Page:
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Actress Virginie Efira on 'Other People's Children': 'The stepmother is usually a secondary, more utilitarian character.' – Interview

By Sandra M Ríos U
X: @sandritamrios

"Nudity is difficult to film."

Franco-Belgian actress Virginie Efira is the protagonist of "Other People's Children," a film where director Rebecca Zlotowski gives the stepmother role a different sense and prominence than usual, not only because she puts her at the center of the story but also because she distances her from evil and gives her depth.

After participating in the two most recent films by Paul Verhoeven (Elle, Benedetta) and working with the current winner of the Palme d'Or, Justine Triet, in "Victoria," she dedicated herself to Zlotwoski to play this role that she says goes beyond the theme of motherhood and the search for a space.

This feature film is part of the French Film Festival in Colombia, which takes place until October 4th in 16 cities across the country and will be released nationwide starting on September 28th.

The idea of a character rarely seen in cinema. The stepmother, the one who takes care of other people's children, is usually a secondary, more utilitarian character. Rebecca decided to bring her to the forefront and examine the bond between a peripheral character and an "adopted" family as the focal point. At the same time, she addresses a classic character but never seen in this way, and the question of femininity. She places Rachel at the heart of this contemporary story and manages to do what Flaubert said: "All you have to do to make something interesting is to care for it enough." That's really the case with my character, who is neither crazy nor rebellious. She is quite normal, discreet, and Rebecca sees her that way. She reveals her from all angles: her libido, her family relationships, her friends, her relationship with the child of this other person as well because when I mention how reserved Rachel is, it's not just about motherhood; it's also about her femininity.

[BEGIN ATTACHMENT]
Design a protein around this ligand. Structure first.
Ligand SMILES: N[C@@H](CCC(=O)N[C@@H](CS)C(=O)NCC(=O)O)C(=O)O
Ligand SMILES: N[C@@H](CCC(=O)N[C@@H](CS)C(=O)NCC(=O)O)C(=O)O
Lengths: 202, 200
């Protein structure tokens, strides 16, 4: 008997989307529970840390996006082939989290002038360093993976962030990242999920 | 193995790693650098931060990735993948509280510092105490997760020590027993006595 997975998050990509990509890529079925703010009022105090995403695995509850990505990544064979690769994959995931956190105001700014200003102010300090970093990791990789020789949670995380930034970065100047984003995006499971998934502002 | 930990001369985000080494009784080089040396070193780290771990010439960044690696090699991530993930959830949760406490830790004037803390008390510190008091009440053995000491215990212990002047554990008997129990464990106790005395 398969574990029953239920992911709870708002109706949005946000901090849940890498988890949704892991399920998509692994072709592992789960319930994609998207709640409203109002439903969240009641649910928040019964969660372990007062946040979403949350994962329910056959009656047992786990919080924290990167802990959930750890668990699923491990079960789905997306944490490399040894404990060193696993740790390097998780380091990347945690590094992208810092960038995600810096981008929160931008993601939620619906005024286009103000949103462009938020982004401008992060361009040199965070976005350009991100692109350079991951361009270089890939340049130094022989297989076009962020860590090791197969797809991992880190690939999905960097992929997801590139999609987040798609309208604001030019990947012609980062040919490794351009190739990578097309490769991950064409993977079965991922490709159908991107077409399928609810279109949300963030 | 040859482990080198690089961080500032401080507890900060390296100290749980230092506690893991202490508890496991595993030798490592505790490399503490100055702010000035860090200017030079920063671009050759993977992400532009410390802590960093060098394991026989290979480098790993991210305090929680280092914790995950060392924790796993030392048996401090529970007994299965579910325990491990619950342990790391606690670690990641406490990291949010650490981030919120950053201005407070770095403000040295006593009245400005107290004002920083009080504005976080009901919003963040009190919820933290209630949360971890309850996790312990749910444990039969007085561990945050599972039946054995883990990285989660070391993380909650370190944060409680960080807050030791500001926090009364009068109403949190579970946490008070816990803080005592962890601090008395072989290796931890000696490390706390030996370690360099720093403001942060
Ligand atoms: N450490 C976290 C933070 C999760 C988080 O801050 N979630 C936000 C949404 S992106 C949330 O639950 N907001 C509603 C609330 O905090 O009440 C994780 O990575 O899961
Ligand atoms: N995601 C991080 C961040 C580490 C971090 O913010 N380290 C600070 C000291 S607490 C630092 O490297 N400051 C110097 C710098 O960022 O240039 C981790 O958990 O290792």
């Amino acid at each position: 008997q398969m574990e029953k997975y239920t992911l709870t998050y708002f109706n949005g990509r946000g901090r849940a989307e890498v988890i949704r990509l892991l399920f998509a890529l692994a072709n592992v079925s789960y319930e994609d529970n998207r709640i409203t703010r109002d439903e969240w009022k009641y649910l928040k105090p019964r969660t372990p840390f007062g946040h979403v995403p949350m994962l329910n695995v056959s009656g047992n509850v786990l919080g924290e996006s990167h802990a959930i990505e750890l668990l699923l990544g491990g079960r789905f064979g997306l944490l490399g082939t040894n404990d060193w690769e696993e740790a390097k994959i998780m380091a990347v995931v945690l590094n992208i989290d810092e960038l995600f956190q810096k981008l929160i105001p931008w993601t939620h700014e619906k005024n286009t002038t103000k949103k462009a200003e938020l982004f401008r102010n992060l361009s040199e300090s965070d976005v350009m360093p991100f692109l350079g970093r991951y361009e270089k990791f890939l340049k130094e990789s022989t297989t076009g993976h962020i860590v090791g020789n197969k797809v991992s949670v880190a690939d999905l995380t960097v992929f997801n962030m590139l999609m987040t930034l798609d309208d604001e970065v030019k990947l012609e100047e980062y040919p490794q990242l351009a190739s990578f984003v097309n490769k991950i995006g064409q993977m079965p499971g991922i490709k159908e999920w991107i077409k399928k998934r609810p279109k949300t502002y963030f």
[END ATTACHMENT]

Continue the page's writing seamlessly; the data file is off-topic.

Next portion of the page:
Often, when you get to know a character, you feel like the director could be talking about him or herself, and suddenly you realize that he or she is also talking about you, and everything intertwines. Rebecca and I discussed what brought us together, what we wanted to do, and why. We talked about all of this instead of trying to define a character. We also discussed the bond we were going to share in and for this film, how we imagined things, our love for working together with Roschdy Zem as well, a love that could predict what sometimes happens on set.

Nudity on screen is not exactly new to me! But this is the first time I've done a funny nude scene because the body has some soft parts, and when you move in all directions, it's funny! The nude scene without a sexual aspect was very fun to shoot but also very intimidating. I was naked outside; some people could see me. I couldn't, for example, cover myself with my partner's body or with eroticism, like the kind of scene I've done in other films. Here, we were like naked worms wriggling in all directions. Yes, it was comical! Nudity is difficult to film; it's interesting to me only if it's of great interest to the director, finding the language of the body, the precise way to move, feeling that we are all together in the same movie and telling ourselves that we are achieving something higher than ourselves.

Regarding her wardrobe, initially, Rebecca and I were looking in opposite directions before finally agreeing on a look for her. When we talked about Rachel, for example, we could define a gesture of my hand in my hair, like Julia Roberts often does, i.e., a long, curly mane of hair that has to be held to keep her face free. We had to find a style that helped me understand Rachel, who teaches French in high school. First, we gave her a lot of meaning before removing many, many things. More than her clothing, Rachel is the way she moves, in constant correlation with her way of thinking. We had to find her energy levels. You always steal things from your director; I take from Rebecca small physical elements that reveal her quick thinking. On set, she has this very strong, marked confidence, which I share to some extent, even if I also talk about my complexes. It's mostly about gestures that betray a sensory, emotional language, not necessarily an intellectual one.